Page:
The pandemic caused by COVID-19 and subsequent lockdown has held a mirror up to our inner selves. The movement of lakhs of people, who suddenly stopped being Indians but became migrants in the media and policy discussions, left the country and the world shocked at the level of mismanagement and lack of planning by the state to ensure people got to their homes safe and secure. Among the varied reactions, a common middle-class one was to berate the workers for wanting to rush off. No amount of exposés on shops and factories shutting, and workers not receiving their salaries and other dues could shake such people from their ranting. According to estimates from a month ago published in a report in The Indian Express, more than 11 lakh from Maharashtra and 20 lakh from Gujarat have returned to their home states, and UP and Bihar have confirmed over 20 and 10 lakh workers have returned. These are possibly still not reflecting the reality and the gravity of the situation because The Economic Survey of 2017 had placed interstate migration at 60 million. What the returning workers’ numbers show us is the desperate situation the working class is in, and how inconsiderate as a society we have been, not to mention how the state’s laggardly moves have exacerbated the situation.
Across social media in India (and possibly in other parts of the world), there were a number of memes and jokes, and some full-fledged articles and social media posts, on how those of us privileged enough to still have enough food on the table and a roof above our heads are suffering. The reason for this venting has been the lockdown which prohibited people from leaving their homes and letting outsiders in, to contain the transmission of the corona virus. This meant that we would have to do without that invisible work force that all of us are so used to having around – our bai, didi, bhaiya, maali, ayah, menial, maidservant, domestic help – known differently according to our location, but with one common factor tying them all. They belong to that section which allows us to reach our potential in our (professional) lives, but are seldom acknowledged in a manner that is fitting to their contribution. They perform various tasks for us such as cleaning and dusting the house, washing utensils, taking care of children and pets, cleaning vehicles, driving, cooking, running errands, etc.
According to the International Labour Organisation, the terms of employment of domestic workers are often not clearly laid out, and they tend to get excluded from labour legislation in various countries. Poor working conditions, long hours and in some cases violence and sexual exploitation are among the many problems faced by domestic workers. The Domestic Workers’ Convention (C.189), introduced in 2011 and finally ratified in 2013, was aimed at addressing the issues faced by domestic workers in a bid to provide security and dignity of labour and making visible this form of work which has tended to be undervalued, underpaid and marginalized. Women form more than 80% of this workforce, while children tend to not even be counted even when they do perform domestic labour for a remuneration that is much lower than what adults would get. About half of the people in this sector do not have any leave, be it weekly or annual offs.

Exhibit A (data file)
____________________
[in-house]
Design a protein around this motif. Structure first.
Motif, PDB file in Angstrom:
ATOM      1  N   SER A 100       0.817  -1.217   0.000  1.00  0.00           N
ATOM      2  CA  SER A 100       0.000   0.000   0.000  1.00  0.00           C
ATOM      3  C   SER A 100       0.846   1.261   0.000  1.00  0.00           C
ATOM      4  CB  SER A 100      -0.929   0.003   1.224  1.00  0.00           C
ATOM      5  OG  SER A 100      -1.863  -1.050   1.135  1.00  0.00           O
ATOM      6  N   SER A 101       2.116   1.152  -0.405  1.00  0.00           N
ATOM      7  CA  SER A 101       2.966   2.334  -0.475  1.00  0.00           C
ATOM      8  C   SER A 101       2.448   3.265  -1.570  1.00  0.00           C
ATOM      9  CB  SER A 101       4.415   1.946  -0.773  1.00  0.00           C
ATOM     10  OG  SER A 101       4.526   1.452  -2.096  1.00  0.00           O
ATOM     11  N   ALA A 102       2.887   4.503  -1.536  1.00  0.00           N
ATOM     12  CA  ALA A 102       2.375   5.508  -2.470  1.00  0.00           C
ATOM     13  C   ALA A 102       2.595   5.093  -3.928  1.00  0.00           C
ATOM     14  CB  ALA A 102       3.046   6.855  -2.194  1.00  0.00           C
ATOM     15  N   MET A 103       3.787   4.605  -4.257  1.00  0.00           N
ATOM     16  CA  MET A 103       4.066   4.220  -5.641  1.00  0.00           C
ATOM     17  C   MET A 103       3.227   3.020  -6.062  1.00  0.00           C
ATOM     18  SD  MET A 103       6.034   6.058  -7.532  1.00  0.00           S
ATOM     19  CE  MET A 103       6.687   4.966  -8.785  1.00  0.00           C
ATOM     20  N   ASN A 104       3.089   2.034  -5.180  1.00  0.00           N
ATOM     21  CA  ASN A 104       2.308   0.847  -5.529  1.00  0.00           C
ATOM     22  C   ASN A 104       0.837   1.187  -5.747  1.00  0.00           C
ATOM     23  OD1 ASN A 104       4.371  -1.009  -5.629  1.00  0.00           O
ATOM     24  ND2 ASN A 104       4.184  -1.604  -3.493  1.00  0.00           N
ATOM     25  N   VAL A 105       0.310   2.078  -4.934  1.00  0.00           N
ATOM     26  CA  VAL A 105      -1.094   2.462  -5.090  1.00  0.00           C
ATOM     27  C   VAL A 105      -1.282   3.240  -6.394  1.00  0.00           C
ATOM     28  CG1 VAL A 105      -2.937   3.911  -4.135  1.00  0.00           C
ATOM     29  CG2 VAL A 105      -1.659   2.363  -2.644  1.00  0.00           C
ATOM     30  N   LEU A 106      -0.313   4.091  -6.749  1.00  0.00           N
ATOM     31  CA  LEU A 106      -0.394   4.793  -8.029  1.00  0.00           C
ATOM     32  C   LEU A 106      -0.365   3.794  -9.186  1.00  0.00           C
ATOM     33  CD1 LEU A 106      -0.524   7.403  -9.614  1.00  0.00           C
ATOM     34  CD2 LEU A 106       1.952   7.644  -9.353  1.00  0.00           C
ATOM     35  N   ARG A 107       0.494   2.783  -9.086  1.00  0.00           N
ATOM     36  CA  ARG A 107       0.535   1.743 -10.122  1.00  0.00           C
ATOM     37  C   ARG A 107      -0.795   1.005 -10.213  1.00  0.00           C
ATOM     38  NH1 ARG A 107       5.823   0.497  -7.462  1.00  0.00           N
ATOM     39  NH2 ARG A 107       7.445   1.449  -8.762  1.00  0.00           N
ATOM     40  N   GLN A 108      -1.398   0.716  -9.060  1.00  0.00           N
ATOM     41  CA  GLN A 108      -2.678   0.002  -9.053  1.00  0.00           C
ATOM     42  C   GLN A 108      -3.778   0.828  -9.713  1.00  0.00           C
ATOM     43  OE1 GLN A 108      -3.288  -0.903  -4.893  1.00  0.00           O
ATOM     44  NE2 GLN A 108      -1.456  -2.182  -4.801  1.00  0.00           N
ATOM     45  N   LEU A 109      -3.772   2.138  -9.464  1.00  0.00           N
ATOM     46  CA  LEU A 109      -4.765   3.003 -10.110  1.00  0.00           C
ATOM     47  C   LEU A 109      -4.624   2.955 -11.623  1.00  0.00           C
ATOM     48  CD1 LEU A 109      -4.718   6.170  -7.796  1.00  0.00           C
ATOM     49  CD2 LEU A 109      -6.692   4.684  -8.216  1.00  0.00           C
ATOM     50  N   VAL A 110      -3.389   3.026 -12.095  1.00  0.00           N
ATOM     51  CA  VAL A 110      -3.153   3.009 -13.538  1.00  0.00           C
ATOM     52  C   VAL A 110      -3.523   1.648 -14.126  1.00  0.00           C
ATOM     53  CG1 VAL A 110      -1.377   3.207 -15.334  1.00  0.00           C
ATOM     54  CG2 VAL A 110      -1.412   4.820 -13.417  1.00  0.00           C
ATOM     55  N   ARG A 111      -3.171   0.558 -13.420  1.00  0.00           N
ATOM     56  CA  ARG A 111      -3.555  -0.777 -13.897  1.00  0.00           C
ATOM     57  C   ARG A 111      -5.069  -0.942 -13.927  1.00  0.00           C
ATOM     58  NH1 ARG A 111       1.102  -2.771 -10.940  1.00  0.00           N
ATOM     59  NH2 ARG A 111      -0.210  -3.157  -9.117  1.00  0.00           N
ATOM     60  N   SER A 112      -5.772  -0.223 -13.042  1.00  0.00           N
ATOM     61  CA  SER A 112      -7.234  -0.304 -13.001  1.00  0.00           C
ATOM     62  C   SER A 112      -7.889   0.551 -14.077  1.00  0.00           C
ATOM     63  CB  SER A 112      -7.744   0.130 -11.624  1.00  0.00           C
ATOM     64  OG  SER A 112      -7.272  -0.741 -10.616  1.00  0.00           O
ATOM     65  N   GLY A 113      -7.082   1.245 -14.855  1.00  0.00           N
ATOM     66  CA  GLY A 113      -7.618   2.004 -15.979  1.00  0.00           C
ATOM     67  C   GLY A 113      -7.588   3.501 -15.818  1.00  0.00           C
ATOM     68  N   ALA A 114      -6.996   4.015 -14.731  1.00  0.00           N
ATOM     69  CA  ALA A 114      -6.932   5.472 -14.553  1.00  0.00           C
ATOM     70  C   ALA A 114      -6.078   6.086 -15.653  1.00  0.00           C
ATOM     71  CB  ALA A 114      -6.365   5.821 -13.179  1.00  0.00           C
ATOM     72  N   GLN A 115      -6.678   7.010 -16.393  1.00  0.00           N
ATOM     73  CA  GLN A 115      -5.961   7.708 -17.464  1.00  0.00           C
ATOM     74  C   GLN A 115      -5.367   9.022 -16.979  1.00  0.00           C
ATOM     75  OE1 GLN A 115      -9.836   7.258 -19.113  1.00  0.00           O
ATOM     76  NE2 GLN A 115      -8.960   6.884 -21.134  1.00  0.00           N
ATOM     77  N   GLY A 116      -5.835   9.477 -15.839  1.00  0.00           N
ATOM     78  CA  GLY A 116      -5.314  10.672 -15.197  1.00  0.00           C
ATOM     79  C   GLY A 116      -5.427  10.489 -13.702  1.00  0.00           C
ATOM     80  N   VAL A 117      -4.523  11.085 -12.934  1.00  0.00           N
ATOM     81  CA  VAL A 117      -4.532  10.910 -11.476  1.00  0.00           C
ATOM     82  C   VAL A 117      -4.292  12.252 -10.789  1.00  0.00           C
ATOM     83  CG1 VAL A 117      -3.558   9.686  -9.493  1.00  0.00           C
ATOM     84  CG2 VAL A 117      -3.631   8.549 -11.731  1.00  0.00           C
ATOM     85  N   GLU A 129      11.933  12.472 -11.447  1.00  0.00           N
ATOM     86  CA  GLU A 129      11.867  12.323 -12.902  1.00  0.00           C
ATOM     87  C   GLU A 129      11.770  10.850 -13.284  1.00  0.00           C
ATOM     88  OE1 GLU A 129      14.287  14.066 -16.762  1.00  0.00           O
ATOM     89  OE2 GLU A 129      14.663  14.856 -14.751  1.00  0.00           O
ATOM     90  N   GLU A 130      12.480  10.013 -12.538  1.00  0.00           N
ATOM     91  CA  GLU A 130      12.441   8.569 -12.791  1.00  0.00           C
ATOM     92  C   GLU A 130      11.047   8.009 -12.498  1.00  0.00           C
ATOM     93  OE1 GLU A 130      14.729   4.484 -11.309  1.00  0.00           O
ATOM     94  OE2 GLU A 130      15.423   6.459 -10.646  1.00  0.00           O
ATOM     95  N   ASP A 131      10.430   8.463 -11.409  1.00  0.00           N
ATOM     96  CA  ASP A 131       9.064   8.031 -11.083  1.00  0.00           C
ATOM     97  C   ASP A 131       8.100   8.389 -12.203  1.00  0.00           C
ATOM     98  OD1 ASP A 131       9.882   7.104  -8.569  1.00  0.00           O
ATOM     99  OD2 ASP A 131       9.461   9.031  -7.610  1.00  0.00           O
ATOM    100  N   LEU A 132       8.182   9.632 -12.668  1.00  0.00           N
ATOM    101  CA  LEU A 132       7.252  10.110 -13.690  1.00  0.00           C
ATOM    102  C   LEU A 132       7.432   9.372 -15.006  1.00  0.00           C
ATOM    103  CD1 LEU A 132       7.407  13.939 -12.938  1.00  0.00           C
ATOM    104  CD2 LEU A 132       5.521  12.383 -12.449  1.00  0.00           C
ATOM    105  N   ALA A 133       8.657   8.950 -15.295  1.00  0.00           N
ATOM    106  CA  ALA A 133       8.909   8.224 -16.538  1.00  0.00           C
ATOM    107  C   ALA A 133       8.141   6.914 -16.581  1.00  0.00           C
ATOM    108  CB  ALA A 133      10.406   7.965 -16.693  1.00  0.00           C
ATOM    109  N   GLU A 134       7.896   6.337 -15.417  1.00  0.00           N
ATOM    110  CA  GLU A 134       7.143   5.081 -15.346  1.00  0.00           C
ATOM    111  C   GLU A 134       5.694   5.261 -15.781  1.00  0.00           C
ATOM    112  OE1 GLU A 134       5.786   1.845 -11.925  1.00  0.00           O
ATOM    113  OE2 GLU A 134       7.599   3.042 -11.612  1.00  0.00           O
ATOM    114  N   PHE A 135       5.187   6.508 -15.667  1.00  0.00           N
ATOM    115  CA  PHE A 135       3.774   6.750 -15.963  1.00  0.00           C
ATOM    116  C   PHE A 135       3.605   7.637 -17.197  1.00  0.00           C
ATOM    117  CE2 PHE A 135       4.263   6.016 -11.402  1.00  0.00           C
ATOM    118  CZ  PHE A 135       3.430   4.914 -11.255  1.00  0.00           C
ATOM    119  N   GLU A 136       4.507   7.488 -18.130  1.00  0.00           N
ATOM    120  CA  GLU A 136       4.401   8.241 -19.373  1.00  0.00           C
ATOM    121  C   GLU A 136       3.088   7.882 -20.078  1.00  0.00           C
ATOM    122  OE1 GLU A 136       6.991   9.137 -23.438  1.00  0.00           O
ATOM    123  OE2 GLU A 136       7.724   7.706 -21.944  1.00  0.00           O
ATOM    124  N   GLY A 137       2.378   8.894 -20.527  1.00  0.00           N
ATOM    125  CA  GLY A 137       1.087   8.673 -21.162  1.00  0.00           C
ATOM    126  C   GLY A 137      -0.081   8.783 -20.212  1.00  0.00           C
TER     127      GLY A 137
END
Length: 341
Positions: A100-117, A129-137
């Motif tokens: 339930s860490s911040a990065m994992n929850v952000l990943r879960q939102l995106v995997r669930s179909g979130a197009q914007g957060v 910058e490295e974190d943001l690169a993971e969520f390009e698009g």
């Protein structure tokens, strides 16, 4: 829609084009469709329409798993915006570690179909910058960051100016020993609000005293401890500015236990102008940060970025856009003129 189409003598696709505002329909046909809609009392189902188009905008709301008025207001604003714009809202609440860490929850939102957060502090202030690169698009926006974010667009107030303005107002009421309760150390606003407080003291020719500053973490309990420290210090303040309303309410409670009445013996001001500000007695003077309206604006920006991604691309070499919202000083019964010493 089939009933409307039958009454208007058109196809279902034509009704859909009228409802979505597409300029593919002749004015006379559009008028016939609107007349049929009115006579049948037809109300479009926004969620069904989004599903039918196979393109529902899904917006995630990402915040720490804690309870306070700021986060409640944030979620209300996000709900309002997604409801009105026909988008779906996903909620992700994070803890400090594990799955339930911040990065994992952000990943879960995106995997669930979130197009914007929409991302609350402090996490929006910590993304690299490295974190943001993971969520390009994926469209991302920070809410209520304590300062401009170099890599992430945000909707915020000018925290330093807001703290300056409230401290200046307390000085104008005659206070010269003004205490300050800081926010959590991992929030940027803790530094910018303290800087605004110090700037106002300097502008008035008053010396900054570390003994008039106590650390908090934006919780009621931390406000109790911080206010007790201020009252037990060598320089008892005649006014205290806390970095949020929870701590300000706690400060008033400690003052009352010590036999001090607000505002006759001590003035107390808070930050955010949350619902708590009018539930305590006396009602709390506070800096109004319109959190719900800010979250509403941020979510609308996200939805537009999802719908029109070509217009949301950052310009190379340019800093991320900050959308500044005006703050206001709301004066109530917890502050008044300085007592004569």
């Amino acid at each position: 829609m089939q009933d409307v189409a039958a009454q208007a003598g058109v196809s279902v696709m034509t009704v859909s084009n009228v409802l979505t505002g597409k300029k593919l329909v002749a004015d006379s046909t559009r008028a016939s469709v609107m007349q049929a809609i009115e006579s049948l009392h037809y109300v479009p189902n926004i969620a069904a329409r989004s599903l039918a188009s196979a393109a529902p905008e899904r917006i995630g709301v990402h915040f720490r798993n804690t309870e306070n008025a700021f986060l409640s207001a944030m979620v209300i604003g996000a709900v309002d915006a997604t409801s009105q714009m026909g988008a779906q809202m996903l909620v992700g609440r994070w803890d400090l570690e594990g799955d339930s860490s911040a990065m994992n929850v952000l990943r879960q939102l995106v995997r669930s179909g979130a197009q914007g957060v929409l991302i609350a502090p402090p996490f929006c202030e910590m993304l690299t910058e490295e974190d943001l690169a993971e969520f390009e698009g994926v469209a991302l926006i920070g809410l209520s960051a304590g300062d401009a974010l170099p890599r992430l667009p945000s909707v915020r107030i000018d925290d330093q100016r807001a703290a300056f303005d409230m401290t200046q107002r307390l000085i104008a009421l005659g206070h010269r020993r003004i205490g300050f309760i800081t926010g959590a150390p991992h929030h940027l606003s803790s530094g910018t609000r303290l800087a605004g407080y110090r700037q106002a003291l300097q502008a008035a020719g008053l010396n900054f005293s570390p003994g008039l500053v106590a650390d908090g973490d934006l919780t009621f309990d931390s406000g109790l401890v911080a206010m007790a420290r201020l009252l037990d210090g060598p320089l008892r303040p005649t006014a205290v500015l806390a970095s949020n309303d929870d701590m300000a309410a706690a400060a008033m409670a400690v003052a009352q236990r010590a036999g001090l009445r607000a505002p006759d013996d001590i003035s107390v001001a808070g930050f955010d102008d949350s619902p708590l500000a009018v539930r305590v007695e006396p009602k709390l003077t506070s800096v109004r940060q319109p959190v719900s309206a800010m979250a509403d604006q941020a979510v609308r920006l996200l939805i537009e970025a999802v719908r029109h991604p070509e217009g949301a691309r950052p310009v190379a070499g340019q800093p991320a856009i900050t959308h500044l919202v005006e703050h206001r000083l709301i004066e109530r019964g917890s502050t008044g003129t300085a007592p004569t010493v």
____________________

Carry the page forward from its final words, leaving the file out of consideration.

India, despite being a signatory to the ILO Convention, has not ratified the treaty by bringing in suitable legislation to ameliorate the situation of about 4 million people (possibly closer to 50 million, as there is no proper data) employed in this sector. While domestic workers have come under the ambit of the law in limited ways, in the sense that there are laws regarding minimum wages, social security, sexual harassment at the workplace etc. in India, the problem lies in specifically addressing domestic workers’ problems within these. For instance, the wages of domestic workers are often fixed in arbitrary ways – sometimes piecemeal work is identified, such as sweeping and mopping, washing utensils, washing clothes, and a fixed amount per job is calculated, say Rs. 1000/- per job, making the total for those outlined above Rs. 4000/-. What is not counted here is, for instance, the folding of clothes, or the drying and keeping away of utensils, which are actually separate jobs that are time consuming as well. Heaven forbid anyone in a colony or apartment complex from upsetting the rates – the whole community could gang up against you. Again, depending on the place you are from, the rates would vary considerably – Delhi possibly is considered more expensive as far as wages for domestic workers is concerned, while cities like Patna or Bhubaneshwar have much lower rates in general.